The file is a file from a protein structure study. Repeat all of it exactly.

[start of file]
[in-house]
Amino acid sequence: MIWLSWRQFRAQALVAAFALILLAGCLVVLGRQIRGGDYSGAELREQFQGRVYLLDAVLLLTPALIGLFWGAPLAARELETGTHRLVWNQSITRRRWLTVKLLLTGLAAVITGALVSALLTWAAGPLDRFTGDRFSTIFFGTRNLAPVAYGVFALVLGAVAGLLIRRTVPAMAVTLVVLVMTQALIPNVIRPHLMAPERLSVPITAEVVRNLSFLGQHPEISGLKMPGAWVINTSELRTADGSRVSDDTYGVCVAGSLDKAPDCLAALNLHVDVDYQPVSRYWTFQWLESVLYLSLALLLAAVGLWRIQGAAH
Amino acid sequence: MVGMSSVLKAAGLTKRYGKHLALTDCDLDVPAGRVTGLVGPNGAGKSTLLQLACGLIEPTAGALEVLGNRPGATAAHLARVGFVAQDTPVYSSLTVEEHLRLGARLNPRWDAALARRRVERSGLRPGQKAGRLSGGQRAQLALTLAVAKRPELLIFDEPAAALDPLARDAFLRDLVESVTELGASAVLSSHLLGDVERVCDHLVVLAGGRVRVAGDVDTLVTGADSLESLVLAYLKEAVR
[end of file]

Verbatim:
[in-house]
Amino acid sequence: MIWLSWRQFRAQALVAAFALILLAGCLVVLGRQIRGGDYSGAELREQFQGRVYLLDAVLLLTPALIGLFWGAPLAARELETGTHRLVWNQSITRRRWLTVKLLLTGLAAVITGALVSALLTWAAGPLDRFTGDRFSTIFFGTRNLAPVAYGVFALVLGAVAGLLIRRTVPAMAVTLVVLVMTQALIPNVIRPHLMAPERLSVPITAEVVRNLSFLGQHPEISGLKMPGAWVINTSELRTADGSRVSDDTYGVCVAGSLDKAPDCLAALNLHVDVDYQPVSRYWTFQWLESVLYLSLALLLAAVGLWRIQGAAH
Amino acid sequence: MVGMSSVLKAAGLTKRYGKHLALTDCDLDVPAGRVTGLVGPNGAGKSTLLQLACGLIEPTAGALEVLGNRPGATAAHLARVGFVAQDTPVYSSLTVEEHLRLGARLNPRWDAALARRRVERSGLRPGQKAGRLSGGQRAQLALTLAVAKRPELLIFDEPAAALDPLARDAFLRDLVESVTELGASAVLSSHLLGDVERVCDHLVVLAGGRVRVAGDVDTLVTGADSLESLVLAYLKEAVR